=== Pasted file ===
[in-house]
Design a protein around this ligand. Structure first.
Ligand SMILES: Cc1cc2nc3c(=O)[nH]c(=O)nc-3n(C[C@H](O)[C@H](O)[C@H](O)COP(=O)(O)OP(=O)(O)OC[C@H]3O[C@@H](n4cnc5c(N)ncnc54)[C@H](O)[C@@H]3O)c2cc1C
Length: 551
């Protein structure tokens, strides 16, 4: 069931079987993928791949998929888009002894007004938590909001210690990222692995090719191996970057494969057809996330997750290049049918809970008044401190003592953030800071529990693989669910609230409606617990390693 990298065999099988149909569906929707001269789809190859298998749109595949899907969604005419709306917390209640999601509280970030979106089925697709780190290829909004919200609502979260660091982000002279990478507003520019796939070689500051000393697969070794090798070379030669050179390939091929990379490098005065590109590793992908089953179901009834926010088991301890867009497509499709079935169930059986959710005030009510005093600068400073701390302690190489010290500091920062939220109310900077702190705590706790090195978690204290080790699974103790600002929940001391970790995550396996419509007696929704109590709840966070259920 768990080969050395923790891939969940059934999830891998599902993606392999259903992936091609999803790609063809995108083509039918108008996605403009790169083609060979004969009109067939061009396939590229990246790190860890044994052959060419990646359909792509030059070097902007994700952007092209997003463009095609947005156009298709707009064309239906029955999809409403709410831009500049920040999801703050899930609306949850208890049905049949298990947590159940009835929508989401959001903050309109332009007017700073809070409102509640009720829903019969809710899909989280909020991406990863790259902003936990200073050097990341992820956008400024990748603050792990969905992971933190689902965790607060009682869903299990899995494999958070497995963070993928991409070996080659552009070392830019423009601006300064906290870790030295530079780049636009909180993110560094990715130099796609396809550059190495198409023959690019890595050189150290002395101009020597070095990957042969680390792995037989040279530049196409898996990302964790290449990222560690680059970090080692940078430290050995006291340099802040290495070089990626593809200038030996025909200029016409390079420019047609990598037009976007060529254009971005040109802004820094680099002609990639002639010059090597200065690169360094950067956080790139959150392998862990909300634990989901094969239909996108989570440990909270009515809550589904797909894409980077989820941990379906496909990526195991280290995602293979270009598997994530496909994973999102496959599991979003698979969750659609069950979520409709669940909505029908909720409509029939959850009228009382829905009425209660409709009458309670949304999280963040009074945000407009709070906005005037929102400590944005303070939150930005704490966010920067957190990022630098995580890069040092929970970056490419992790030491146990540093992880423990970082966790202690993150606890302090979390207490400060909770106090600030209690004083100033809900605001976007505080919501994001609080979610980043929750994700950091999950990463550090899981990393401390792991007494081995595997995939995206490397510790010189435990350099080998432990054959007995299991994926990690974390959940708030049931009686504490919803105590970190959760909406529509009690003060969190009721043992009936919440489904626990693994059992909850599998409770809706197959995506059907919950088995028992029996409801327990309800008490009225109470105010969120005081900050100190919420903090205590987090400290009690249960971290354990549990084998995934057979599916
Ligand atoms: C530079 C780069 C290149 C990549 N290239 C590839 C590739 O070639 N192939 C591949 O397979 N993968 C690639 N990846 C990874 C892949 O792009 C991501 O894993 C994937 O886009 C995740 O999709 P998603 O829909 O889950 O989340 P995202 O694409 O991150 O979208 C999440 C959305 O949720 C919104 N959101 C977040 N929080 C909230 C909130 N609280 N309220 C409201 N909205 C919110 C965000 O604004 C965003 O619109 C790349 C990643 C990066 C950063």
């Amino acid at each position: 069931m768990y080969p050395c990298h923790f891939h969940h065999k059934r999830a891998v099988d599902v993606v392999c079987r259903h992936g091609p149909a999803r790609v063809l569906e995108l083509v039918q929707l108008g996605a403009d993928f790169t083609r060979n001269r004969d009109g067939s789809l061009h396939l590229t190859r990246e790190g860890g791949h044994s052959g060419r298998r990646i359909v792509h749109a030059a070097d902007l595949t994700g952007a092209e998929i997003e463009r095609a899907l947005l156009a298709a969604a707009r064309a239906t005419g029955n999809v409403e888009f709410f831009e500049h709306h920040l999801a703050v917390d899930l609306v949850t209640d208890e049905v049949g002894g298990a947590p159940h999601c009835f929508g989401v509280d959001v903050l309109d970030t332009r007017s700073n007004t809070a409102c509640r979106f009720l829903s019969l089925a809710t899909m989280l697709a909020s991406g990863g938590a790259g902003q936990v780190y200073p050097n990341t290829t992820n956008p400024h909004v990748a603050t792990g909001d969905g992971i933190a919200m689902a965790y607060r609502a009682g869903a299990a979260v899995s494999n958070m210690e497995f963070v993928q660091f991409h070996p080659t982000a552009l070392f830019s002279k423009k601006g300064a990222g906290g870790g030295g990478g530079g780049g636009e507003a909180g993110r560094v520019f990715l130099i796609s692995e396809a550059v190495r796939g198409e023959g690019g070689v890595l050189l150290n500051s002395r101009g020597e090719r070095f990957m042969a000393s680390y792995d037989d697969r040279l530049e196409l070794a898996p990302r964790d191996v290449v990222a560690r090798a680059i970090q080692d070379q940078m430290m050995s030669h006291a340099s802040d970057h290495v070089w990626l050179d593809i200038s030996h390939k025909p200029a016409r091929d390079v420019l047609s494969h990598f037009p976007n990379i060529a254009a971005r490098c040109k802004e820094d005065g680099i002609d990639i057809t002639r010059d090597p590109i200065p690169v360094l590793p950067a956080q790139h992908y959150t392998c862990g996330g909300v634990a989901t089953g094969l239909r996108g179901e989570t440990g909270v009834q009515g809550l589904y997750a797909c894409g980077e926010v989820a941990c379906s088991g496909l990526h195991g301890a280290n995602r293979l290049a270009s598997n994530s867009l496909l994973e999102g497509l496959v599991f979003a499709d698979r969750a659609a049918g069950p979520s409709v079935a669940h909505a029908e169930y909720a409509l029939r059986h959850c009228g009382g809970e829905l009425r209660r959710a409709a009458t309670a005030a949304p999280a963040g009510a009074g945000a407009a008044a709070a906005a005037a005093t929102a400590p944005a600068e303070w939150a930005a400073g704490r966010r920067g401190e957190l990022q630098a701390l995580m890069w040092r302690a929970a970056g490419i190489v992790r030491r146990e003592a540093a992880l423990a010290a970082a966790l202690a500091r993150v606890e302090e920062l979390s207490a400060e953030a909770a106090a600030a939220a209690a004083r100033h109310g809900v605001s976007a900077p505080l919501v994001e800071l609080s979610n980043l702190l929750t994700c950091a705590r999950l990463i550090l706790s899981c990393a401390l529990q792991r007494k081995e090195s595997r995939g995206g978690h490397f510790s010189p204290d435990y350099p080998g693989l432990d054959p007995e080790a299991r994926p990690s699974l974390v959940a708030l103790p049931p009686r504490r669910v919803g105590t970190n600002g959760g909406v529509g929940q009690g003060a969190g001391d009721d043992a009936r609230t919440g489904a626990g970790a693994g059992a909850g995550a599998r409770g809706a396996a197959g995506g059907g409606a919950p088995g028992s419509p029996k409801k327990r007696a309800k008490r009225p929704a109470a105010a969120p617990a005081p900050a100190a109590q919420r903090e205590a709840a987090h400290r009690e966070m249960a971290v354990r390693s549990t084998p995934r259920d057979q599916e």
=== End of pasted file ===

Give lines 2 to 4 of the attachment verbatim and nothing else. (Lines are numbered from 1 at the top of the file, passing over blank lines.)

Design a protein around this ligand. Structure first.
Ligand SMILES: Cc1cc2nc3c(=O)[nH]c(=O)nc-3n(C[C@H](O)[C@H](O)[C@H](O)COP(=O)(O)OP(=O)(O)OC[C@H]3O[C@@H](n4cnc5c(N)ncnc54)[C@H](O)[C@@H]3O)c2cc1C
Length: 551